A Long New Globe & Mail Story Suggests High Summer Temps, Coupled To Zilmax®, May Have Been In Issue

Canada’s Globe and Mail (via Reuters) has put together the most complete story I’ve yet seen on the various likely and possible connections, and therefor possible interlaced cause(s), of the cattle lameness reported in late August of 2013 — in the Northwest US. Back story here.

That lameness “outbreak” led Merck to suspend sales of Zilmax®. Interestingly, this year’s end of summer, in the Northwest US, was particularly hot — the hottest in about 25 years, according to meteorologists. And 25 years ago, what was then Intervet (later Schering-Plough) didn’t even have Zilmax approved and on the market, yet. So, this story bears a very careful reading, even if (as we believe), Zilmax is not material to Merck’s overall financial results.

. . . .Beef Northwest operates a feedlot in Nyssa [Oregon]. Animals making the trip to Pasco would have stood in a trailer for four hours on a 95-degree day as it travelled to Tyson’s plant.

John Wilson, managing partner of Beef Northwest, confirmed that his company was using a Zilmax feed regimen this summer. About 40 of Beef Northwest’s animals “developed lameness after arriving at a packing plant in two incidents in July and August of this year,” he said. Wilson declined to identify the slaughterhouse and would not confirm the animals were destroyed.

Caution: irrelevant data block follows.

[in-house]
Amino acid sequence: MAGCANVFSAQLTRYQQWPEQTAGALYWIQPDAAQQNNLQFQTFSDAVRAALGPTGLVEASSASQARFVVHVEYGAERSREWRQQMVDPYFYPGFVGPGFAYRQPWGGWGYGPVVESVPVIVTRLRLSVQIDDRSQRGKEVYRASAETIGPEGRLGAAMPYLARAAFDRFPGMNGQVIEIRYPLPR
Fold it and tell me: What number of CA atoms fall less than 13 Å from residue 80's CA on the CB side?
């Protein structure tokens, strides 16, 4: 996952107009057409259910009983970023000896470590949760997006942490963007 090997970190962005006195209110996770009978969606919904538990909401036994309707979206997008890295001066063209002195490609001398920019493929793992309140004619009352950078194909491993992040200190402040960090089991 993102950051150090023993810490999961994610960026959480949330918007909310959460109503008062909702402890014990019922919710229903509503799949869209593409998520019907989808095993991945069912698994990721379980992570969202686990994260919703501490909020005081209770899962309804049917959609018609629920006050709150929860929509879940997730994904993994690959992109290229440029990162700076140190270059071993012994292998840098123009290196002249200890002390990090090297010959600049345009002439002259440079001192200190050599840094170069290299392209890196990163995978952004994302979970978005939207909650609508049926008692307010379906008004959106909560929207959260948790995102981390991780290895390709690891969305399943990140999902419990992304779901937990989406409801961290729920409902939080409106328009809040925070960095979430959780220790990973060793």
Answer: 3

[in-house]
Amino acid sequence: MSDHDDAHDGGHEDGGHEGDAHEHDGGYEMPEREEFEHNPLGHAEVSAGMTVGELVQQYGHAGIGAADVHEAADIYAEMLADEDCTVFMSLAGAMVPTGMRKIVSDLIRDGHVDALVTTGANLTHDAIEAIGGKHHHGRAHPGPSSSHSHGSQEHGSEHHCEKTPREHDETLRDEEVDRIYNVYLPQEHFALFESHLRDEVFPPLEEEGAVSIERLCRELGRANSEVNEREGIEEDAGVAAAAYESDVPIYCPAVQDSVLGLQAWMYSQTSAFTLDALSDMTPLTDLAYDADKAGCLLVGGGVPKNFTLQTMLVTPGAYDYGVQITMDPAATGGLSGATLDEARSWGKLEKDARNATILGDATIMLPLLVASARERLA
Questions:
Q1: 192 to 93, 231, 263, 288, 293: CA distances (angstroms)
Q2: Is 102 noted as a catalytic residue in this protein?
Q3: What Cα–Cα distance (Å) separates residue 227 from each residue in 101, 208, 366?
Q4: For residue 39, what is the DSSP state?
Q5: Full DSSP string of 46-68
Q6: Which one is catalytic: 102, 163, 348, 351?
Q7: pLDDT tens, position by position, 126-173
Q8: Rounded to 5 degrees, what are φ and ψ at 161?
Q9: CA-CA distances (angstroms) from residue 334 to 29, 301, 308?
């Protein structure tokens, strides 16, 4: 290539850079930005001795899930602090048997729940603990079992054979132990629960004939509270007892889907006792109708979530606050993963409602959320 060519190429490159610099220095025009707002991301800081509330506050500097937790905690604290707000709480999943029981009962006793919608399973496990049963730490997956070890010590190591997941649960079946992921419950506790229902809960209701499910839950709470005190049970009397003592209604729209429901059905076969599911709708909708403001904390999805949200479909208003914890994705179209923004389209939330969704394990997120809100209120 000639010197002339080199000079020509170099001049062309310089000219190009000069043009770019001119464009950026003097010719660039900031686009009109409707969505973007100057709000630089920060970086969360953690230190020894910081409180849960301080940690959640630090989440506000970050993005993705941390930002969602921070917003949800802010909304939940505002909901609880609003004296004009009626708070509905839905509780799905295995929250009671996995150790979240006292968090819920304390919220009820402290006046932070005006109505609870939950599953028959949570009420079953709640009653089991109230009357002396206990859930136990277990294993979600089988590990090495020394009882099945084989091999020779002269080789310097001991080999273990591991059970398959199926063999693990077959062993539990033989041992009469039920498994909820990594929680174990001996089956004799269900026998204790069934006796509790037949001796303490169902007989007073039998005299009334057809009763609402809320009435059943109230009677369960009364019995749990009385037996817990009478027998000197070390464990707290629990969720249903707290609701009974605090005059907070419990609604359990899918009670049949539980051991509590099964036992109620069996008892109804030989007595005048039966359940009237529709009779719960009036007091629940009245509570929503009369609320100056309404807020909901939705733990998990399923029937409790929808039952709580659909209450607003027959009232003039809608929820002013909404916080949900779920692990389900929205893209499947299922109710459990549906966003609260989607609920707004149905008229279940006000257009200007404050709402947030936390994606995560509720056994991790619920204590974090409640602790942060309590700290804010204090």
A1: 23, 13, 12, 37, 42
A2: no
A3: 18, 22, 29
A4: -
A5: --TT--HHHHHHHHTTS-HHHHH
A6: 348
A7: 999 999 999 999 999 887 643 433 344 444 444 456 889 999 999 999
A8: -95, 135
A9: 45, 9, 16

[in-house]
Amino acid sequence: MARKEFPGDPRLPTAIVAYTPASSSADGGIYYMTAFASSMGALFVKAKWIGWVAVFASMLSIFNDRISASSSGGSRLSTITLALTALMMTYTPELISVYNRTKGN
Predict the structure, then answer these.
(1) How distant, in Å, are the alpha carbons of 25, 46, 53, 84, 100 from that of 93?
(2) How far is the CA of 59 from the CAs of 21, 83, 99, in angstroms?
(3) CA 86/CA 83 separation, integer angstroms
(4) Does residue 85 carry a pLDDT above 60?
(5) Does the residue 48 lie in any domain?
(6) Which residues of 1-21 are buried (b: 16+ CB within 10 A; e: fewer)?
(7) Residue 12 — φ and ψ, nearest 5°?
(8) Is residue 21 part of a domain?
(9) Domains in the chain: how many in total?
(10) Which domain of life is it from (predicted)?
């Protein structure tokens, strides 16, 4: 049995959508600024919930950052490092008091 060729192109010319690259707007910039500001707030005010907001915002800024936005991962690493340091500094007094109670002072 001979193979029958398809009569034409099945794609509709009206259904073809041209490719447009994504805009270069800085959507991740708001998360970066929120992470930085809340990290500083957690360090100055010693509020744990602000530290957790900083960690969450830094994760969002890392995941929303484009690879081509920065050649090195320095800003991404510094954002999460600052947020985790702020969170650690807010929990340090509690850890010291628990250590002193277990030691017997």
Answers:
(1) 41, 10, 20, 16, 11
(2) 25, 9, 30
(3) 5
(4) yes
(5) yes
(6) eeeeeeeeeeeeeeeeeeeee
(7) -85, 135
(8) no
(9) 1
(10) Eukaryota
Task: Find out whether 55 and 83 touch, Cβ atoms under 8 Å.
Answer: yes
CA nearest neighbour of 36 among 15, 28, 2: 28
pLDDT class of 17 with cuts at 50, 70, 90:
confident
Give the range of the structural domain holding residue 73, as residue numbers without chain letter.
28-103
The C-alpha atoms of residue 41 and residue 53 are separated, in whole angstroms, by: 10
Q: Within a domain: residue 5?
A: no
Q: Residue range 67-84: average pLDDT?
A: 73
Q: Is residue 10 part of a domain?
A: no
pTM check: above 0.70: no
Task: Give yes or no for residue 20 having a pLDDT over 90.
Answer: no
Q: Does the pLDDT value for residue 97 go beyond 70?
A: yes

Wilson said Beef Northwest had never faced lameness problems with its Zilmax-fed animals before this summer. While Beef Northwest was dispensing Zilmax, Wilson said, the company strictly followed Merck’s dosage and other instructions.

Beef Northwest says it frequently conducted internal and third-party audits to ensure employees were not over-feeding Zilmax to the animals.

“In our cases, dosages were not an issue, never an issue,” Wilson said in a phone interview. “I’d like to think that we were on the upper edge of the industry as far as heavy oversight of all of our protocols. . . .”

We will keep you posted. And even though immaterial, financially to Merck — I’d suggest we all should evaluate what is in the various things we are now eating. [As I noted, Zilmax wasn’t in our cattle, or your burger, 25 years ago.] Do we really need/want traces of zilpaterol, a beta agonist (the primary active ingredient in Zilmax) — an athsma treatment (when given in higher doses, to human asthma patients) — appearing even in trace amounts, or as a trace element, in our ribeye steaks? I am not so certain.

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